For youth who are able to engage in leadership opportunities, serving affected communities is a relevant and meaningful way to apply and develop skills. Youth can launch their own initiatives or contribute to local or global initiatives. For example, two teenagers in Maryland caught the attention of CNN for organizing and leading an initiative to deliver food to the elders in their community (Dawson, 2020). Youth can become involved in local or global initiatives by soliciting donations, organizing deliveries, identifying those in need, or raising money through virtual platforms, such as GoFundMe. Importantly, youth do not need to focus their attention outwardly on their communities to make a difference. Youth can make an impact at home by organizing family time, presenting ideas for family activities, and, if needed, by helping their families find donated supplies through community websites, such as Facebook or Nextdoor.
Adapt to Shifting Needs: In navigating these difficult times, we recommend that youth programs adapt what they do to promote PYD while remaining focused on their theory of change; the roadmap for why and how the program operates. The pandemic has current and potentially long-term impacts on many youth programs, especially smaller programs and nonprofits that lack the resources to cover expenses while their programming is interrupted. Just as many people are losing their lives to COVID-19, many businesses and organizations are also closing or fighting to survive. Maintaining the focus on how and why they do what they do, whether a program is based on the Big Three (as modeled here) or another youth development model, will help keep the program itself on course even as program delivery and content adapt to the changing world around us. Every organization will have to find their own way to navigate the new normal, based on local context and the specific needs of youth, but grounding these adaptations in the programs’ theory of change will ensure that this work continues to best serve the organization’s mission and youth.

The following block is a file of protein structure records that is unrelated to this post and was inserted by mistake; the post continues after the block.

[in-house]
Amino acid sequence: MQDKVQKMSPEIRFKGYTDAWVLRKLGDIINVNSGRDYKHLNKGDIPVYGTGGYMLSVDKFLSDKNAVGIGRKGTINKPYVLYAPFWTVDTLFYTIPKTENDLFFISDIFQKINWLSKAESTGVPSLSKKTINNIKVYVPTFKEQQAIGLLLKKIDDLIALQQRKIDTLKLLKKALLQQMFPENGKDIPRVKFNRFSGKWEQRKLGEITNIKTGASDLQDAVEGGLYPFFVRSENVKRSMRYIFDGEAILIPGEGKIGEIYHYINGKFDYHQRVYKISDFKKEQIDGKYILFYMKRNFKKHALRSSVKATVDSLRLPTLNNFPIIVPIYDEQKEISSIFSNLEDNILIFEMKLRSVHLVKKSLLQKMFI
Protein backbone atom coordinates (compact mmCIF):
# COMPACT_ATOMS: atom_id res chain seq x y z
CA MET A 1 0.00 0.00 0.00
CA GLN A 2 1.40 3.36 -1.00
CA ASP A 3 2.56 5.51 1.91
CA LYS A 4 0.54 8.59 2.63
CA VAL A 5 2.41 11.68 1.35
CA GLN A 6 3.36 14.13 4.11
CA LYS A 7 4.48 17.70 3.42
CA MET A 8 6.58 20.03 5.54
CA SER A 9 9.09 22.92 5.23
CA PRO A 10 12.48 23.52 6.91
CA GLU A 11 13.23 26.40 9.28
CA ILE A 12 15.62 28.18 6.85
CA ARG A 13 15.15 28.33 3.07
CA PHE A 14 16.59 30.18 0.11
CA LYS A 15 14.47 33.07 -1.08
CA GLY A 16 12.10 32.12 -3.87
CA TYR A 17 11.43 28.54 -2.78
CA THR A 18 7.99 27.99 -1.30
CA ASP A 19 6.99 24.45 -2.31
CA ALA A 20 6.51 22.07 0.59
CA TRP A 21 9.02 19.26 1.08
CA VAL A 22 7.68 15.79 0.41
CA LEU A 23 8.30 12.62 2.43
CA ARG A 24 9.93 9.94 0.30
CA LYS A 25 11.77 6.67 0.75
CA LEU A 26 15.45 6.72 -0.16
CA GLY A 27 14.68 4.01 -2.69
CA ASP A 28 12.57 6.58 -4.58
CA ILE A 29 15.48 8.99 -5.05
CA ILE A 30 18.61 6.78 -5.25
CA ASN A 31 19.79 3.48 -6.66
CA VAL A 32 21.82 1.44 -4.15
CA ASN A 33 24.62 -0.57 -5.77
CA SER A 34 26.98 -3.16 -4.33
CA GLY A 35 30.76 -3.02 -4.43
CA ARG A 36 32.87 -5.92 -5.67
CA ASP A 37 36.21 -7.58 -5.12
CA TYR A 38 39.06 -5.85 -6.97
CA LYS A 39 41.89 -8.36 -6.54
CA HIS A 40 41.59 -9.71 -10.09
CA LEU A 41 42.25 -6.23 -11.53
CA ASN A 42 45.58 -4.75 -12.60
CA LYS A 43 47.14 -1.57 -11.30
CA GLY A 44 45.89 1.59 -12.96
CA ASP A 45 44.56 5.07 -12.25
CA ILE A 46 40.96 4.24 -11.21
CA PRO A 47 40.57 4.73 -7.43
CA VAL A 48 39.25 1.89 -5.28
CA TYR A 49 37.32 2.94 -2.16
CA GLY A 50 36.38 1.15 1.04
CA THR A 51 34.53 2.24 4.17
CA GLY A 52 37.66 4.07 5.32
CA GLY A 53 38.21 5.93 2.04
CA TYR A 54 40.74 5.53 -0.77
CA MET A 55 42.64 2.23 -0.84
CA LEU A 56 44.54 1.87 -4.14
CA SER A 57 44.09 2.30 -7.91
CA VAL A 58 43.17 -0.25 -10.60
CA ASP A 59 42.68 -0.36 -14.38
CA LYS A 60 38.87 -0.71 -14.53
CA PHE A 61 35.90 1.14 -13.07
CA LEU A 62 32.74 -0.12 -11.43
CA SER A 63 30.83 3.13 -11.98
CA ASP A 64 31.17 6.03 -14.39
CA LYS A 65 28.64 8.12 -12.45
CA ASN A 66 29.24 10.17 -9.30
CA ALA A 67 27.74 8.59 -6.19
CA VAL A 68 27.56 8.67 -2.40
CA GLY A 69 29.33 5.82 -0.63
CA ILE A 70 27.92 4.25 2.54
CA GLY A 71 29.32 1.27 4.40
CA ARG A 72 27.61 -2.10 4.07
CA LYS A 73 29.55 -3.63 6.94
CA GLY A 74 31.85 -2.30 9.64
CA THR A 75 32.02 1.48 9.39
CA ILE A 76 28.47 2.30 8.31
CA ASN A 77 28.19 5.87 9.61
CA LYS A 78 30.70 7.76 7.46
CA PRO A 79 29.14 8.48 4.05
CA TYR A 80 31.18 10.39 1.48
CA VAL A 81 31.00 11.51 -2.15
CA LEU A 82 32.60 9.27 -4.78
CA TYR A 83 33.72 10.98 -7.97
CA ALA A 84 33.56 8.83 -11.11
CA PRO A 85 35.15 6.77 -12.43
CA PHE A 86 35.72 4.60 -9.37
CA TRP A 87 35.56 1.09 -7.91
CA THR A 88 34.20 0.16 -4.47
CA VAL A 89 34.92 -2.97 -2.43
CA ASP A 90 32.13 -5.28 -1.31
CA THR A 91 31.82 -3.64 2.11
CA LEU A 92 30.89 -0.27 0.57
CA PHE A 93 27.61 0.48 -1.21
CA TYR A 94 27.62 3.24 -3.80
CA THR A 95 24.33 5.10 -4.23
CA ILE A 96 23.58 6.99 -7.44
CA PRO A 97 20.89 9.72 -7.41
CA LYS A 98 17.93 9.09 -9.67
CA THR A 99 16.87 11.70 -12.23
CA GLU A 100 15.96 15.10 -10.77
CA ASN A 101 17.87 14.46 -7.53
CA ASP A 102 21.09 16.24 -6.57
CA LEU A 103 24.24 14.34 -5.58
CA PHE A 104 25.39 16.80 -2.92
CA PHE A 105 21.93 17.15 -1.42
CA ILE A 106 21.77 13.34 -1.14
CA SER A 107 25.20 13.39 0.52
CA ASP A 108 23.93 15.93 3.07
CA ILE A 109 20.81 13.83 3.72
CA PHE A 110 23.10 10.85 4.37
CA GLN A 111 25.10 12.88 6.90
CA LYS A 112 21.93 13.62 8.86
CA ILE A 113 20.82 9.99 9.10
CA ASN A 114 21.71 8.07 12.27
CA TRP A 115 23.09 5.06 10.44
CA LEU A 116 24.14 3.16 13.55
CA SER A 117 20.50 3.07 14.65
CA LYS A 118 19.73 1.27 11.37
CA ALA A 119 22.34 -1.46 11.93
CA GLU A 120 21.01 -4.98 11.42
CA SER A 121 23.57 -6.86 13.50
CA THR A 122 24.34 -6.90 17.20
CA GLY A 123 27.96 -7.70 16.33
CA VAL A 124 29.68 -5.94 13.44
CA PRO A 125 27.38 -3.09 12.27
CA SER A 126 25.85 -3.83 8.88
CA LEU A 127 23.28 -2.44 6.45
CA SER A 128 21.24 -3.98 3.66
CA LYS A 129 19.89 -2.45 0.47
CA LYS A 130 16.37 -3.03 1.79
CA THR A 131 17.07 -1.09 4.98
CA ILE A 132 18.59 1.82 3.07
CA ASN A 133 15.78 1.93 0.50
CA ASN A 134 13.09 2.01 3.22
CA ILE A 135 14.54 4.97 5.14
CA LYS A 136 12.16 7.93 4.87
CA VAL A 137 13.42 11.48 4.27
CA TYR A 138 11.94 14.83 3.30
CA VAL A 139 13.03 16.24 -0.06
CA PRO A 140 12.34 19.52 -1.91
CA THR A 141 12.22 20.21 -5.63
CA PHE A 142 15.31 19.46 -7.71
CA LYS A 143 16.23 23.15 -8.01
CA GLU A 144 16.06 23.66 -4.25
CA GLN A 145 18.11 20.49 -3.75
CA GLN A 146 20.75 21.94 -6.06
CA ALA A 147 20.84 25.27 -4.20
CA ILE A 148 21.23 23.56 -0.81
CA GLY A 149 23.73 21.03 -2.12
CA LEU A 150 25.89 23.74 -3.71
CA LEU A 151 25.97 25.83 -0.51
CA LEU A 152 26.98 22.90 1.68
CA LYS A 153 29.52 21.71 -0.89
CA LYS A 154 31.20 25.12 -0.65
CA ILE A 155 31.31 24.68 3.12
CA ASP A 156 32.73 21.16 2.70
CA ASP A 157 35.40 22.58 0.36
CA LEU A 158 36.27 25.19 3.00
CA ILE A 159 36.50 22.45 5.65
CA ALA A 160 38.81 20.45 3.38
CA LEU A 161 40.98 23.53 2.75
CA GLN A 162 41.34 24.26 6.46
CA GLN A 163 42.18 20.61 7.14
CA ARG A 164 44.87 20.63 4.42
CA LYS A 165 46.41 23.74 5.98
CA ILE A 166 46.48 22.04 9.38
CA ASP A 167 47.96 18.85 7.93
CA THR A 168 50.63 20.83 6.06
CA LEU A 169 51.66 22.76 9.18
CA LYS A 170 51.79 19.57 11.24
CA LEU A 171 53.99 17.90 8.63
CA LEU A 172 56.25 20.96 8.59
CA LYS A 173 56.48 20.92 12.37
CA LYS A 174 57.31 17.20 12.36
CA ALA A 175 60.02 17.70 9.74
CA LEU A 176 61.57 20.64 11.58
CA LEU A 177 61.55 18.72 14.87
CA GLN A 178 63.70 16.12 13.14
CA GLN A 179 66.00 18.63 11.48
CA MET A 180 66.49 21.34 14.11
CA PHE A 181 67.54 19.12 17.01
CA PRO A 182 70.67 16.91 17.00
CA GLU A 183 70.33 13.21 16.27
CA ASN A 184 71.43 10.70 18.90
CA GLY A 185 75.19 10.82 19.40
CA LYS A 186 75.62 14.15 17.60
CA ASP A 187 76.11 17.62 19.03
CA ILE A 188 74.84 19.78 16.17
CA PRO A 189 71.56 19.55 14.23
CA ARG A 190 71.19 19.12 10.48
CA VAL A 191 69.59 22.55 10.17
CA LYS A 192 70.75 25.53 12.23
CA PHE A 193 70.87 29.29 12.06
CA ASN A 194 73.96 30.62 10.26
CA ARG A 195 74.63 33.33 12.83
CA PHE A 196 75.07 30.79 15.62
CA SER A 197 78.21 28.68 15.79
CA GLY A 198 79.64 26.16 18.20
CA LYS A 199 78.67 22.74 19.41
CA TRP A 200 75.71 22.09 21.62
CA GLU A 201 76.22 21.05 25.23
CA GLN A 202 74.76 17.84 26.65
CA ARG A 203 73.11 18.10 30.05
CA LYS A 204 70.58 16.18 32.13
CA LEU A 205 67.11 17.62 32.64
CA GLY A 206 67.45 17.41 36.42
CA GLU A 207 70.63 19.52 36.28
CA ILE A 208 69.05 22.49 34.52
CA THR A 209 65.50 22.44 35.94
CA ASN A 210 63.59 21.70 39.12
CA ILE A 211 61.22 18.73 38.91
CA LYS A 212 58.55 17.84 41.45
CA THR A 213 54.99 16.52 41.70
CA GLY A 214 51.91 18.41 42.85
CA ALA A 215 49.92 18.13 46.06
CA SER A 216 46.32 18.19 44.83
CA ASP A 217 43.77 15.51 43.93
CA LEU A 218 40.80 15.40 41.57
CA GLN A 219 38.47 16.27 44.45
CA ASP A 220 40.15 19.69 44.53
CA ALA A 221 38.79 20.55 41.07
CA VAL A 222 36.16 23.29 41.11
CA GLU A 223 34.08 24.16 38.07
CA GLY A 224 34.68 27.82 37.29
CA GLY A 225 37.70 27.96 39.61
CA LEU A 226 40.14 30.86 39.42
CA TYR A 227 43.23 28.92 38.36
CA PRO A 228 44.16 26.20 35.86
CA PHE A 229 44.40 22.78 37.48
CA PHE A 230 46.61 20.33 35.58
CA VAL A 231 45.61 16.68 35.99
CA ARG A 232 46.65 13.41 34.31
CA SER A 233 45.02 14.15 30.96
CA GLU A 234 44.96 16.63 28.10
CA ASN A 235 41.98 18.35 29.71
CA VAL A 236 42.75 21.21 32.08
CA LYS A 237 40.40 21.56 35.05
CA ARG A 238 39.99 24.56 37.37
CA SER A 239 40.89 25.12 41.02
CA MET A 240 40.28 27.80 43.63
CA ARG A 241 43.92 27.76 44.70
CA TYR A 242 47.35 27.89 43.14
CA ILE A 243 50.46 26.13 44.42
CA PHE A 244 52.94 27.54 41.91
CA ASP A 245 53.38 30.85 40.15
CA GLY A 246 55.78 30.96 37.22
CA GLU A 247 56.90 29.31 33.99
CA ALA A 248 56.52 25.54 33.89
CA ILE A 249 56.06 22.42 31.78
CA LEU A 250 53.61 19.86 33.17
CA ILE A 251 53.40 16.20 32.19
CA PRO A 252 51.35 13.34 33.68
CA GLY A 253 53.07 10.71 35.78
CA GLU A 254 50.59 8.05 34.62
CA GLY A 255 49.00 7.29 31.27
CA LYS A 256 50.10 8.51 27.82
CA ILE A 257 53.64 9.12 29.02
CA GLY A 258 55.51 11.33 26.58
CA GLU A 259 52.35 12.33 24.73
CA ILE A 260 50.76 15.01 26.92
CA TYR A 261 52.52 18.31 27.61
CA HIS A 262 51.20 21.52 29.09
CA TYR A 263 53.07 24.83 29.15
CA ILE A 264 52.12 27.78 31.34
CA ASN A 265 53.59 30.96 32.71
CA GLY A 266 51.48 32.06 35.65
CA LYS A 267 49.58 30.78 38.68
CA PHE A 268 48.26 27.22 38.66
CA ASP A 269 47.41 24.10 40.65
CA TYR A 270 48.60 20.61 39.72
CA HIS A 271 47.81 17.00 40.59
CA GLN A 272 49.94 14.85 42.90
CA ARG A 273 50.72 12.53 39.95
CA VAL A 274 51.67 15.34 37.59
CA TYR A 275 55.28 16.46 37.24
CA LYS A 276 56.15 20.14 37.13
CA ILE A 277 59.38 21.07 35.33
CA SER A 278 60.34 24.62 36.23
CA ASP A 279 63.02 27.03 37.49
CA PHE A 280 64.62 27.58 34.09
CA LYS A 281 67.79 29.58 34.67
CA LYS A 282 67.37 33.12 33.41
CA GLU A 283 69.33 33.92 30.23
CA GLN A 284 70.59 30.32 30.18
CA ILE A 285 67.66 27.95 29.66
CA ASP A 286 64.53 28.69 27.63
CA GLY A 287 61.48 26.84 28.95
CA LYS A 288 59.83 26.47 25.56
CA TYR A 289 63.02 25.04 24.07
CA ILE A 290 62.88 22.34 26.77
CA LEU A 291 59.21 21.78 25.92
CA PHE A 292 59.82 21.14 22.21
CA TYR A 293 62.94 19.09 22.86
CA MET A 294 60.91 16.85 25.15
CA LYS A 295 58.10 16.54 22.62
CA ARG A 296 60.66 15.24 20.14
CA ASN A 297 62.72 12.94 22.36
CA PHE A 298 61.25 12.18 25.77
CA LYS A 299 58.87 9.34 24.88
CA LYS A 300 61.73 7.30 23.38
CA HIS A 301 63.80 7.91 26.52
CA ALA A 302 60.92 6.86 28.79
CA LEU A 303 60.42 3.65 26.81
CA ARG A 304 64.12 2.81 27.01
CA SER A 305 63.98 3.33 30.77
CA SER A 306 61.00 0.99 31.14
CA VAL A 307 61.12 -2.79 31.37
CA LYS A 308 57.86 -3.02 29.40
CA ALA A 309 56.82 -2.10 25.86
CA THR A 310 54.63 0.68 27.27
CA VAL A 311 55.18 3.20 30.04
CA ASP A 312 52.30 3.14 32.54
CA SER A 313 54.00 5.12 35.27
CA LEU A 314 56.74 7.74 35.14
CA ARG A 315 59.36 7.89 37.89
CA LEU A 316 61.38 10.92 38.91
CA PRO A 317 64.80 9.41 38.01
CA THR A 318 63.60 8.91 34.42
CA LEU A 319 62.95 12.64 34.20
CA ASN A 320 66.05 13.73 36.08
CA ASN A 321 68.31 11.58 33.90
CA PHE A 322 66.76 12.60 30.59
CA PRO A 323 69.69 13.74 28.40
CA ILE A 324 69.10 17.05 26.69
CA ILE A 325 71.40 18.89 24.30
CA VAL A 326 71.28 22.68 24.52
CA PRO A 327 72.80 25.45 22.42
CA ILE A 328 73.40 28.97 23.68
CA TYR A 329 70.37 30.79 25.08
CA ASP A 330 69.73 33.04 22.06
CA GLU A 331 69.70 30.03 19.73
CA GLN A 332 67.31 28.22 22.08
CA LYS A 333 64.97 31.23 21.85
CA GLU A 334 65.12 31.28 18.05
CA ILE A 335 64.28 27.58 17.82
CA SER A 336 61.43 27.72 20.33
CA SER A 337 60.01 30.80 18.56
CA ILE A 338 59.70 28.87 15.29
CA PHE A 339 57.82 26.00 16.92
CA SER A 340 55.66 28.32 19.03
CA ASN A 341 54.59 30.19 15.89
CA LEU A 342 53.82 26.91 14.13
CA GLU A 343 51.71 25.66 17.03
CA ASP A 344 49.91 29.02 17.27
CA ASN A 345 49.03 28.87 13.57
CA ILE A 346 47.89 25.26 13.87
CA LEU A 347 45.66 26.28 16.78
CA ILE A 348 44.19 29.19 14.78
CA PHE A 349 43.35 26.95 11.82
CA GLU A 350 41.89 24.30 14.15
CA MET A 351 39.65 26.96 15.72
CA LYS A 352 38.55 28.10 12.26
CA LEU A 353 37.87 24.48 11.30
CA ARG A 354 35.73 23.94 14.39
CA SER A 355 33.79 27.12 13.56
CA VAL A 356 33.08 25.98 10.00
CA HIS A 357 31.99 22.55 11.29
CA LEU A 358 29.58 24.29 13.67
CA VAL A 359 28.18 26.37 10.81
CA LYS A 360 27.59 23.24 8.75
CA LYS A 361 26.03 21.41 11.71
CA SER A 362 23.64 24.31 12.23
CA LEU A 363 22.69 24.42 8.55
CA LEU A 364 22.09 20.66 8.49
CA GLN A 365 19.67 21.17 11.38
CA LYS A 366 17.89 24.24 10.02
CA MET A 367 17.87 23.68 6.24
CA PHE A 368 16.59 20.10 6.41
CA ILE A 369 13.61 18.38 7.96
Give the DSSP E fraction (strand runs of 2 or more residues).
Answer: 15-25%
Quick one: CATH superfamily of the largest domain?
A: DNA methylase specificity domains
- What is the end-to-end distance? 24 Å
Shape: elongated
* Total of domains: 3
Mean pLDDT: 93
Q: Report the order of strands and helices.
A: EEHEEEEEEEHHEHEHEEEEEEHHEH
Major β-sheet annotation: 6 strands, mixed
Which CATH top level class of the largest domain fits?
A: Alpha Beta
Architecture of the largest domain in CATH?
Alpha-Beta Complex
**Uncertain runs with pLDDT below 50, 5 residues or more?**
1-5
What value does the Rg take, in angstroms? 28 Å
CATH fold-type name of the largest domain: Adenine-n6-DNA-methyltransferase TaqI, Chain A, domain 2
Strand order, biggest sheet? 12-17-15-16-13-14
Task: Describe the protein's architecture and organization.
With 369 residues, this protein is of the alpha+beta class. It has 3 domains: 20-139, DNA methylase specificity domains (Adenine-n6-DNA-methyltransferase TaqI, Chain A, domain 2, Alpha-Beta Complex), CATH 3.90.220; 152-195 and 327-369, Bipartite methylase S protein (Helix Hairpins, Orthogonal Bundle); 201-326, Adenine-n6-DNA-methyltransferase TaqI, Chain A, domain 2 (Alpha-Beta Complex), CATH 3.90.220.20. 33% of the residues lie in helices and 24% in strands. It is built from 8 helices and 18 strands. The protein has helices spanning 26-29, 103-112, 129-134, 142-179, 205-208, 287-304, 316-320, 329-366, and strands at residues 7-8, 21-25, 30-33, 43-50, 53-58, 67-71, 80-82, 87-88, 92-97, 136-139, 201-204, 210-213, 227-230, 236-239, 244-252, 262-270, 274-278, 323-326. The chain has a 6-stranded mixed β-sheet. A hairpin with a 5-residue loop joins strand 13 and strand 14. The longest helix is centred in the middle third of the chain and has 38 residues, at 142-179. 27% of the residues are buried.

Re-Focus on Practitioner Support: In turn, we recommend that researchers be intentional about discovering the needs, challenges, and opportunities that arise during the pandemic for youth and the practitioners who serve them. Researchers should continue to do what they do best – research – however, research is a long-term investment that often has a delayed impact. Moreover, taking care not to exploit vulnerable populations through the research process will be of utmost importance. For immediate impact, research can be applied to support youth development practice. Practitioners have a wealth of information about the experiences of local communities and how to make an impact.